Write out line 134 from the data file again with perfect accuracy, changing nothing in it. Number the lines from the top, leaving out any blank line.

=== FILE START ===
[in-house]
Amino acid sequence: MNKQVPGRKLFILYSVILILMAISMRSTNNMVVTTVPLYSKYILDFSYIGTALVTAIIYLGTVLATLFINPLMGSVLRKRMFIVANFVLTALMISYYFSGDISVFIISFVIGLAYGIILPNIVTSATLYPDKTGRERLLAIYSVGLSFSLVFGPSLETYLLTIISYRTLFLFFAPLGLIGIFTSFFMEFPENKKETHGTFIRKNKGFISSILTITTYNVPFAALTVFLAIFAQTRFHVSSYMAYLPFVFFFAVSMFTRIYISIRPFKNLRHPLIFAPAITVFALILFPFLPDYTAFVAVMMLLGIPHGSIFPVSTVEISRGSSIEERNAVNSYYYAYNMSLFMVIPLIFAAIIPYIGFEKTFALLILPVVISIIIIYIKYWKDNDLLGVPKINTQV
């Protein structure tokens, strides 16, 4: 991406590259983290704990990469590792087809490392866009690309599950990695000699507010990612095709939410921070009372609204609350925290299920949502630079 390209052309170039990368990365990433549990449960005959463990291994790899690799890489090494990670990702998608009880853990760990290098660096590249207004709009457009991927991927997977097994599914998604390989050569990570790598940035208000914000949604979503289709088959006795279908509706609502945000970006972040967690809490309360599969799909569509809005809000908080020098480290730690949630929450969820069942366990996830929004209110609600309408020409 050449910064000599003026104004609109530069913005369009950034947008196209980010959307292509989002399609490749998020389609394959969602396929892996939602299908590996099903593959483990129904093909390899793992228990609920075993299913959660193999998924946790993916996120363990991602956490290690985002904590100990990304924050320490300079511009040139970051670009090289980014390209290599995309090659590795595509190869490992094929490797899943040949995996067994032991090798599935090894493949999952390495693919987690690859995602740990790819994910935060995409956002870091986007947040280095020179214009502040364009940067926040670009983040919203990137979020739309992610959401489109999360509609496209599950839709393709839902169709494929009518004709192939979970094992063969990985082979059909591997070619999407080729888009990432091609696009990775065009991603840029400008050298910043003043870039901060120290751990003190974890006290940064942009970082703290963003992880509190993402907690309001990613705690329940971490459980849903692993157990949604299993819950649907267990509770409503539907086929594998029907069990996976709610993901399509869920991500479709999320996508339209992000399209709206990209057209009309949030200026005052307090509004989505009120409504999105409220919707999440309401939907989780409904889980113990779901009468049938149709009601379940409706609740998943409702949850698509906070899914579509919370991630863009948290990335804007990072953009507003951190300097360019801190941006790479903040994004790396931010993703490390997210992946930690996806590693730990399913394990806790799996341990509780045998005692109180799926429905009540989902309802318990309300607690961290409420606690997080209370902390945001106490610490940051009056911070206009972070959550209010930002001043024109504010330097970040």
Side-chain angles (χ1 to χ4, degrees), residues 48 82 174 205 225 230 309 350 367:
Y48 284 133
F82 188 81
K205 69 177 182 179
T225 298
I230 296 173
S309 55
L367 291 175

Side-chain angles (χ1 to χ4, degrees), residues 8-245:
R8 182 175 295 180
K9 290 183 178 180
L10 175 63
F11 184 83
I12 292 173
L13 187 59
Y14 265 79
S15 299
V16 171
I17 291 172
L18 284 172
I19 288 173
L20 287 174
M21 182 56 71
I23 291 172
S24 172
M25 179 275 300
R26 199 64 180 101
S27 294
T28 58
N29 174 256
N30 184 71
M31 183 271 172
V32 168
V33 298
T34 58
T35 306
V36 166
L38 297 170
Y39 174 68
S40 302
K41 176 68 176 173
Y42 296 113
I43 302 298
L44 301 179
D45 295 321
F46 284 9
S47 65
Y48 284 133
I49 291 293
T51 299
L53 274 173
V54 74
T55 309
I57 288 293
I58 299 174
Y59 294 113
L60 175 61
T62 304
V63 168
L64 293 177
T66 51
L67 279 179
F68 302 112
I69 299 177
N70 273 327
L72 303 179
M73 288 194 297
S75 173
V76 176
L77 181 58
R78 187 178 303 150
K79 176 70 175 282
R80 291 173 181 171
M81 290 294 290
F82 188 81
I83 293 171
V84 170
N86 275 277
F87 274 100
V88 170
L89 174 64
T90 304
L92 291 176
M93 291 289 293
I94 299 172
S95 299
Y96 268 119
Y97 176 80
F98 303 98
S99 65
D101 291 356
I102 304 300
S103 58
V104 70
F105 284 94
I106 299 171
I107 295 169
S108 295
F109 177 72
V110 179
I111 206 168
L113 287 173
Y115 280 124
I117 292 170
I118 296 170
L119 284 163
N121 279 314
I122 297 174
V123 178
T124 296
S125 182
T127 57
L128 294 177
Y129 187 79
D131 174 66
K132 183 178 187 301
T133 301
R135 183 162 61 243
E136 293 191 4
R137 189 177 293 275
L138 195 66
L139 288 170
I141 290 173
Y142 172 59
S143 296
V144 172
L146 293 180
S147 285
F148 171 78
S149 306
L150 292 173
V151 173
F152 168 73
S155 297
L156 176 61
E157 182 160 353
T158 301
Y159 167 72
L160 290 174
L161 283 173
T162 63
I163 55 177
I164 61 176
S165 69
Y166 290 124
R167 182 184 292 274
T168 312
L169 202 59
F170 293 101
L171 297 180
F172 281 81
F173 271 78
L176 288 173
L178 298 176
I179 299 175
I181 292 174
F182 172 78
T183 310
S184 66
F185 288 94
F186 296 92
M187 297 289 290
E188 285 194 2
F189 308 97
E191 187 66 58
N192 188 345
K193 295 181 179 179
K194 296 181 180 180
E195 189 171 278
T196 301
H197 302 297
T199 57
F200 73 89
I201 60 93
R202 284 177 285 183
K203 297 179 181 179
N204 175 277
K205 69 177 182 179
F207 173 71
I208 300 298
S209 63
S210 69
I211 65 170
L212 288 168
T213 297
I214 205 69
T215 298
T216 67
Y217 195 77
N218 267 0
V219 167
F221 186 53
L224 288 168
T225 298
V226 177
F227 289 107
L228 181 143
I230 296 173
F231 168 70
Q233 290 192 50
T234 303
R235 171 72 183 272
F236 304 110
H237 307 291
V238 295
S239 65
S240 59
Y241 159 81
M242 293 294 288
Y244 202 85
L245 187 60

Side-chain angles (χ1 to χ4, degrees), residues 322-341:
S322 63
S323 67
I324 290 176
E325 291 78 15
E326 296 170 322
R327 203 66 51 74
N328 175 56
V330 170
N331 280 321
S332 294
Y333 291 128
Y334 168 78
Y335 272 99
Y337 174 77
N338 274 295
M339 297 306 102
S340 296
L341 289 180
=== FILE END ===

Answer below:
L150 292 173